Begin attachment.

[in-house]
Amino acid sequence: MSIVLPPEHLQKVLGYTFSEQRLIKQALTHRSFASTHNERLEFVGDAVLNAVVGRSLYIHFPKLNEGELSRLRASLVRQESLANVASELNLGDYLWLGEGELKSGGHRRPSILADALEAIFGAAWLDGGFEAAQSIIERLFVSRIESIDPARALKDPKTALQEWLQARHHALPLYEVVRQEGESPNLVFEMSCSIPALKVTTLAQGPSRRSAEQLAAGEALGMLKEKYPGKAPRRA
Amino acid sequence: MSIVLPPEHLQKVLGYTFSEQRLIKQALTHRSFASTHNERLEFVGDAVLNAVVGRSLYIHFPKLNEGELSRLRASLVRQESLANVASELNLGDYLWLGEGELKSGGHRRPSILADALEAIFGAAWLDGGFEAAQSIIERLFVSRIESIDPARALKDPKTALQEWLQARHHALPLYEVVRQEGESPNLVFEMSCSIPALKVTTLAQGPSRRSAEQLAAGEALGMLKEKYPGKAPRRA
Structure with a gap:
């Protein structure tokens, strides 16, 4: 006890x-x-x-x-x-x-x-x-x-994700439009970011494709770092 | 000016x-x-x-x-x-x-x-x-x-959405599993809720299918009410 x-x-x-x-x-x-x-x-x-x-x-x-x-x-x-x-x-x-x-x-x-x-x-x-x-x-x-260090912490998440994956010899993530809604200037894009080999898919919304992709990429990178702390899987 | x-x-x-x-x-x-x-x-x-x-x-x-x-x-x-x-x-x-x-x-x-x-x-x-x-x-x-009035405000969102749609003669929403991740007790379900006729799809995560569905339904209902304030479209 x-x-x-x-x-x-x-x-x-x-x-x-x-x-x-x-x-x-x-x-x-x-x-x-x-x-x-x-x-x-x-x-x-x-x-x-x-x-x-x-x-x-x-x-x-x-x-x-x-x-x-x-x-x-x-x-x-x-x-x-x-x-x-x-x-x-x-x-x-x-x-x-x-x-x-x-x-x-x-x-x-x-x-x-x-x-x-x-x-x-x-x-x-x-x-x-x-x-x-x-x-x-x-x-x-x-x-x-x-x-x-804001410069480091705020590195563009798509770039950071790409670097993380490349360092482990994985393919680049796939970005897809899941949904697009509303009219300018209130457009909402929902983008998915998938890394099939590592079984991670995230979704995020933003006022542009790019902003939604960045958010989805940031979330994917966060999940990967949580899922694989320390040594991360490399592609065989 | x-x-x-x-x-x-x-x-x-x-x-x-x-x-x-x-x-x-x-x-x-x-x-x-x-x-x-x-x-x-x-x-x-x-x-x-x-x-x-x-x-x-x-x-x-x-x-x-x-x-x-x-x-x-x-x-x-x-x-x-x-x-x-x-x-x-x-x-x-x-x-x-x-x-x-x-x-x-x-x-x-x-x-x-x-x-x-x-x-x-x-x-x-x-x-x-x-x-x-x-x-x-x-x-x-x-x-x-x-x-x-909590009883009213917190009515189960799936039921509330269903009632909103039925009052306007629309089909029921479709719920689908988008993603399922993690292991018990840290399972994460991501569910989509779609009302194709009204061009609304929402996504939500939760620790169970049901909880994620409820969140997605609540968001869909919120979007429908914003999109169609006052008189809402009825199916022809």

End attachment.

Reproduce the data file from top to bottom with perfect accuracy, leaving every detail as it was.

[in-house]
Amino acid sequence: MSIVLPPEHLQKVLGYTFSEQRLIKQALTHRSFASTHNERLEFVGDAVLNAVVGRSLYIHFPKLNEGELSRLRASLVRQESLANVASELNLGDYLWLGEGELKSGGHRRPSILADALEAIFGAAWLDGGFEAAQSIIERLFVSRIESIDPARALKDPKTALQEWLQARHHALPLYEVVRQEGESPNLVFEMSCSIPALKVTTLAQGPSRRSAEQLAAGEALGMLKEKYPGKAPRRA
Amino acid sequence: MSIVLPPEHLQKVLGYTFSEQRLIKQALTHRSFASTHNERLEFVGDAVLNAVVGRSLYIHFPKLNEGELSRLRASLVRQESLANVASELNLGDYLWLGEGELKSGGHRRPSILADALEAIFGAAWLDGGFEAAQSIIERLFVSRIESIDPARALKDPKTALQEWLQARHHALPLYEVVRQEGESPNLVFEMSCSIPALKVTTLAQGPSRRSAEQLAAGEALGMLKEKYPGKAPRRA
Structure with a gap:
């Protein structure tokens, strides 16, 4: 006890x-x-x-x-x-x-x-x-x-994700439009970011494709770092 | 000016x-x-x-x-x-x-x-x-x-959405599993809720299918009410 x-x-x-x-x-x-x-x-x-x-x-x-x-x-x-x-x-x-x-x-x-x-x-x-x-x-x-260090912490998440994956010899993530809604200037894009080999898919919304992709990429990178702390899987 | x-x-x-x-x-x-x-x-x-x-x-x-x-x-x-x-x-x-x-x-x-x-x-x-x-x-x-009035405000969102749609003669929403991740007790379900006729799809995560569905339904209902304030479209 x-x-x-x-x-x-x-x-x-x-x-x-x-x-x-x-x-x-x-x-x-x-x-x-x-x-x-x-x-x-x-x-x-x-x-x-x-x-x-x-x-x-x-x-x-x-x-x-x-x-x-x-x-x-x-x-x-x-x-x-x-x-x-x-x-x-x-x-x-x-x-x-x-x-x-x-x-x-x-x-x-x-x-x-x-x-x-x-x-x-x-x-x-x-x-x-x-x-x-x-x-x-x-x-x-x-x-x-x-x-x-804001410069480091705020590195563009798509770039950071790409670097993380490349360092482990994985393919680049796939970005897809899941949904697009509303009219300018209130457009909402929902983008998915998938890394099939590592079984991670995230979704995020933003006022542009790019902003939604960045958010989805940031979330994917966060999940990967949580899922694989320390040594991360490399592609065989 | x-x-x-x-x-x-x-x-x-x-x-x-x-x-x-x-x-x-x-x-x-x-x-x-x-x-x-x-x-x-x-x-x-x-x-x-x-x-x-x-x-x-x-x-x-x-x-x-x-x-x-x-x-x-x-x-x-x-x-x-x-x-x-x-x-x-x-x-x-x-x-x-x-x-x-x-x-x-x-x-x-x-x-x-x-x-x-x-x-x-x-x-x-x-x-x-x-x-x-x-x-x-x-x-x-x-x-x-x-x-x-909590009883009213917190009515189960799936039921509330269903009632909103039925009052306007629309089909029921479709719920689908988008993603399922993690292991018990840290399972994460991501569910989509779609009302194709009204061009609304929402996504939500939760620790169970049901909880994620409820969140997605609540968001869909919120979007429908914003999109169609006052008189809402009825199916022809």